A review of finishing chemistry as applied to floors.

What to Know about Wax, Shellac & Other Finishes

excerpted and annotated by Doctor Structure. Follow link here to complete article in Hardwood Floors

{I excerpt here text on those finishes that are part of our typical repertoire. Often our finishing work involves a combination of these products in a set order. Shellac as a sanding sealer, Oil as a base coat, and wax as a top coat for example.
I deleted the section on Laquers from this post. I do not recommend these for floor finishes and they are not suited  for use by amateurs or entry level workers who have not mastered other finishes. Laquers also pose a significant health and safety risk when used in uncontrolled environments. They belong in the professional spray booth or master’s shop.
The author of this article does not delve into contemporary acrylic waterborne finishes. These have improved in quality, bond and durability greatly since this article was originally published.

There is in my view a form of insanity in the common practice of applying surface coats of polyurethane varnishes which once they fail must be ground off with heavy sandpaper. Oil finishes, for which I am an unashamed partisan, are renewable and so can be restored without sanding down and so shortening the life of  a quality hardwood wood floor.

For an exhaustive and thorough review of traditional finishing chemistry as applied to furniture and millwork, pick up a used copy of Wood Furniture, by James E Brumbaugh This is currently available on Alibris for 99cents and on Amazon for less than four dollars.


Used on floors for centuries, wax is one of the oldest finishes known to man. Though it was popular for many years, it’s now considered a specialty finish. With the resurgence of antique-looking floors, contractors are going back to wax to create this look. Wax may also be an option for a natural look on some exotic species. This all-natural, plant-derived product gives the wood a softer appearance and feel than synthetic finishes, and allows the wood to breathe and age naturally. Most commonly applied over an oil sealer, this odorless finish doesn’t create the fumes typical of synthetic finishes—another selling point for eco-minded consumers.

Wax comes in either a liquid or paste form and is relatively easy to apply. Paste wax is buffed in with a rag, while liquid wax is applied with a lambswool applicator. After it’s applied, wait 30 minutes for the wax to harden, then buff it in with steel wool. As it’s buffed, the wax softens and penetrates into the wood, so make sure you buff it long enough. Apply wax sparingly—too much wax on a floor attracts dirt and causes it to scuff. Wax also has a quick dry time. Once the floor has been properly buffed, it’s ready for foot traffic in just a few hours. Wax is also the most forgiving of floor finishes. If you make a mistake, you can remove it with mineral spirits and start over—without having to abrade the floor.

Wax is also ideal for homeowners who want to maintain the floor themselves, rather than having a crew shut the house down for a typical refinishing job. Even though its durability can’t compare to a polyurethane finish, if maintained properly, the floor never needs to be resanded. It is one of the easiest finishes to repair. A simple buffing and an application of more wax can eliminate traffic patterns and scuff marks on the floor.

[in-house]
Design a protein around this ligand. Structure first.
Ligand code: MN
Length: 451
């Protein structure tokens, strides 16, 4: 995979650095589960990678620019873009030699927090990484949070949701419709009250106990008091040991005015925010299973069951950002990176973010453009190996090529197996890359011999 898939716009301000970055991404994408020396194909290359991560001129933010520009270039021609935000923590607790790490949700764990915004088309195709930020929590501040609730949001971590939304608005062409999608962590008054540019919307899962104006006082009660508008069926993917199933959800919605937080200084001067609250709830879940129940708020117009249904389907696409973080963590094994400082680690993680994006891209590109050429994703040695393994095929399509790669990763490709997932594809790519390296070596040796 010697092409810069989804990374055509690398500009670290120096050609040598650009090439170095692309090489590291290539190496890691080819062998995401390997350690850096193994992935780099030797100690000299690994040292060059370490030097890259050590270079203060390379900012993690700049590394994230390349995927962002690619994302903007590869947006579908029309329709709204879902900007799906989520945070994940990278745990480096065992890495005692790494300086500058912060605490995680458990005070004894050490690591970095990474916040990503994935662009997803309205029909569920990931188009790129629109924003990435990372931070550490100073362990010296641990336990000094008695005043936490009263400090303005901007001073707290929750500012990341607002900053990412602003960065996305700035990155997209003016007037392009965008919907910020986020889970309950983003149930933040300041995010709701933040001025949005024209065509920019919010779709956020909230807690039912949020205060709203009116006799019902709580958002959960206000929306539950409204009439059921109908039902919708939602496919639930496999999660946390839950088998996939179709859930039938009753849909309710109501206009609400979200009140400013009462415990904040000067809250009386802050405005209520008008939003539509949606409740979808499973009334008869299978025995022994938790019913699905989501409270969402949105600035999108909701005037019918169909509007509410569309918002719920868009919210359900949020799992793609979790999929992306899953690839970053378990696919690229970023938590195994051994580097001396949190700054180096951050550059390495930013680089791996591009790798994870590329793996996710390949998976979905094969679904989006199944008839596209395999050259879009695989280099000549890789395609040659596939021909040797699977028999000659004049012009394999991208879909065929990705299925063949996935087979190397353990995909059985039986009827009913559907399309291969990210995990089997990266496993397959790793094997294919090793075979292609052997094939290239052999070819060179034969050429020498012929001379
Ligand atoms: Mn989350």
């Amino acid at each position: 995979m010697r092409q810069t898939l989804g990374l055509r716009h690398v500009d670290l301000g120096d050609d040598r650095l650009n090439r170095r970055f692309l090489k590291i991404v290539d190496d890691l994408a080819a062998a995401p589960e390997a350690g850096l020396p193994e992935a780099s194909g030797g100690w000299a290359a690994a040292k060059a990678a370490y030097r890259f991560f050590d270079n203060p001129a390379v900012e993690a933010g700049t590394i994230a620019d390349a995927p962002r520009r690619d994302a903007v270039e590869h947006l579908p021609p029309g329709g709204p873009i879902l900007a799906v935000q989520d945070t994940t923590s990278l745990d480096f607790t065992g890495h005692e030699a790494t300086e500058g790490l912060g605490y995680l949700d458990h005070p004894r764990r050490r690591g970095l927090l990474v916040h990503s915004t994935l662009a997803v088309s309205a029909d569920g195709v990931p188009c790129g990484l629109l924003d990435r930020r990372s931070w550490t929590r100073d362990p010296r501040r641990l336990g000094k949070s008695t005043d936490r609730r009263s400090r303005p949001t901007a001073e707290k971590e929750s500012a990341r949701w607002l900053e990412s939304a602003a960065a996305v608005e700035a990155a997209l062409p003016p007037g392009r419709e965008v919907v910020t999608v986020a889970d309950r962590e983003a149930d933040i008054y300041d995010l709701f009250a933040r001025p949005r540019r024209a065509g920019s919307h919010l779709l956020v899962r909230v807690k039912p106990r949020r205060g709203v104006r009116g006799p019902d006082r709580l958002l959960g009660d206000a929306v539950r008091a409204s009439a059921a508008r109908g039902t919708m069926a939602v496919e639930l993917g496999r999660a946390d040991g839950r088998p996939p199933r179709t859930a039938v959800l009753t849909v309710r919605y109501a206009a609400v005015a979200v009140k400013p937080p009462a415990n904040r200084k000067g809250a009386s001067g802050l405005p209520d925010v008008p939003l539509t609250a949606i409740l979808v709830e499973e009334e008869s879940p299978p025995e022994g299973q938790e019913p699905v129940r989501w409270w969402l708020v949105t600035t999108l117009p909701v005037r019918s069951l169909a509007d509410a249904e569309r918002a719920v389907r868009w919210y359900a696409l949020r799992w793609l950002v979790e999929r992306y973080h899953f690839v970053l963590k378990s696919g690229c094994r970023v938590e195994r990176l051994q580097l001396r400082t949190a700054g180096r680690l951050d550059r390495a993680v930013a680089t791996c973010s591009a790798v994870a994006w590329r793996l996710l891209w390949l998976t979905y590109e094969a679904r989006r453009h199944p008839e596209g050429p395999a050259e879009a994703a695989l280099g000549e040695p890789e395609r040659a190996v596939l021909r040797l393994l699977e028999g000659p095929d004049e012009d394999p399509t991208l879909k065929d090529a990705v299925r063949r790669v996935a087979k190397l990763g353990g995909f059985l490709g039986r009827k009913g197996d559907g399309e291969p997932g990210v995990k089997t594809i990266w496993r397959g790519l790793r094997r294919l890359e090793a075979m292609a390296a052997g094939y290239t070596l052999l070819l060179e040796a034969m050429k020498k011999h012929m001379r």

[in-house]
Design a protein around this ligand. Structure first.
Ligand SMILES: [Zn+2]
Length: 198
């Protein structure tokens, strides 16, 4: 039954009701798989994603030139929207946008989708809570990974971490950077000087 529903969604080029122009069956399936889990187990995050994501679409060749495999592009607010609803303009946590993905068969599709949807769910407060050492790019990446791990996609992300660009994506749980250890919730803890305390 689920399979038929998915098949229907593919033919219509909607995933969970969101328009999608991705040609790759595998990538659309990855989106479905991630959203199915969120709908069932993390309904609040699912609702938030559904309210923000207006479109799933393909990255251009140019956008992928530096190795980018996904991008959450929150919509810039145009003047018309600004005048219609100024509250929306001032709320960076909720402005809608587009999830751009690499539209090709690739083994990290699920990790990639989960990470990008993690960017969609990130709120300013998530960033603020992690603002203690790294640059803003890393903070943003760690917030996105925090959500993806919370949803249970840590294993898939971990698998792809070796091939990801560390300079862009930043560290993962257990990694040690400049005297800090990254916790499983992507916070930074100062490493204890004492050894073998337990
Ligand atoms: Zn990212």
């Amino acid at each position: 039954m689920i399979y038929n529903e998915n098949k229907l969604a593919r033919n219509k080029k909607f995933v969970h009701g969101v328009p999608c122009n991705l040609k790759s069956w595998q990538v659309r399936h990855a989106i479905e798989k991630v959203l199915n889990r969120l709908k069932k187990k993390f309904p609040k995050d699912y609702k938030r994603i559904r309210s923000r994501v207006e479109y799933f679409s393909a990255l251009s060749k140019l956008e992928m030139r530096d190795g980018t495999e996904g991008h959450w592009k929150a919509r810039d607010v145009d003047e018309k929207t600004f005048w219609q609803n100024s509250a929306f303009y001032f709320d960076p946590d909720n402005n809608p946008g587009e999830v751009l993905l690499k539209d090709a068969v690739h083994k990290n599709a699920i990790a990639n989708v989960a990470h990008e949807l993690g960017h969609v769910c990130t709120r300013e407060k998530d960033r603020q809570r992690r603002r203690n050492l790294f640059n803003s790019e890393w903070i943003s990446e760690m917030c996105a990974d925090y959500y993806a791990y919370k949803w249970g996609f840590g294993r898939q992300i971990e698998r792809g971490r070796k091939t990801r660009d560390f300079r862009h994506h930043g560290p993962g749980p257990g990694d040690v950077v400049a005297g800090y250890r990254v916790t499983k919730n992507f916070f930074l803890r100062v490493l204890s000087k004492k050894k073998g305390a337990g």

Wax finish does have its limitations and is not ideal for every situation. Wax is relatively slippery and should not be used in commercial applications. It’s also susceptible to water spots, so it may not be ideal in a kitchen. Because it tends to crystallize and yellow, wax is also not recommended on a white stained or maple floor.


{link to Bob Flexner’s Popular Woodworking article on oil finishes}

Another way to achieve an old-world, low luster look is to use natural penetrating oils such as tung, linseed and lemon oil. Similar to wax, these finishes have been used for years to seal and protect wood. While they are a popular choice to finish furniture, they also have specialized applications for hardwood floors. These all-natural finishes give the eco-minded consumer another alternative to synthetic finishes. The fumes from these products are minimal, and lemon oil actually has a pleasant odor. Because oils show the grain of the wood and produce a matte finish, they are another option for the consumer who wants to avoid the plastic look of some synthetic finishes. Oil finishes may also be the answer to finishing some exotic species, such as teak, that can be temperamental with urethane finishes.

These user-friendly finishes are fast and easy to apply. Simply wipe the oil on with a rag, wait for it to dry and buff out the final coat. You want to apply enough oil to penetrate through the wood, but too many coats of oil can gather dirt and be more susceptible to scratch and scuff marks. And, unlike wax, penetrating oil takes longer to dry, so if a heavy coat of oil is applied, it could take several days before the floor is ready for heavy foot traffic.

Also similar to wax, penetrating oils are finishes that homeowners can maintain themselves. Because the wear surface is just sealed wood rather than a coat of finish, an application of more oil can eliminate wear patterns and return the original luster to the floor. The durability of oil-finished floors can’t compare to modern finishes, but with proper maintenance, they can withstand normal wear. They won’t scratch or peel, and lemon oil even repels water. Penetrating oils don’t have the slippage concerns of wax, so they can be used in commercial applications.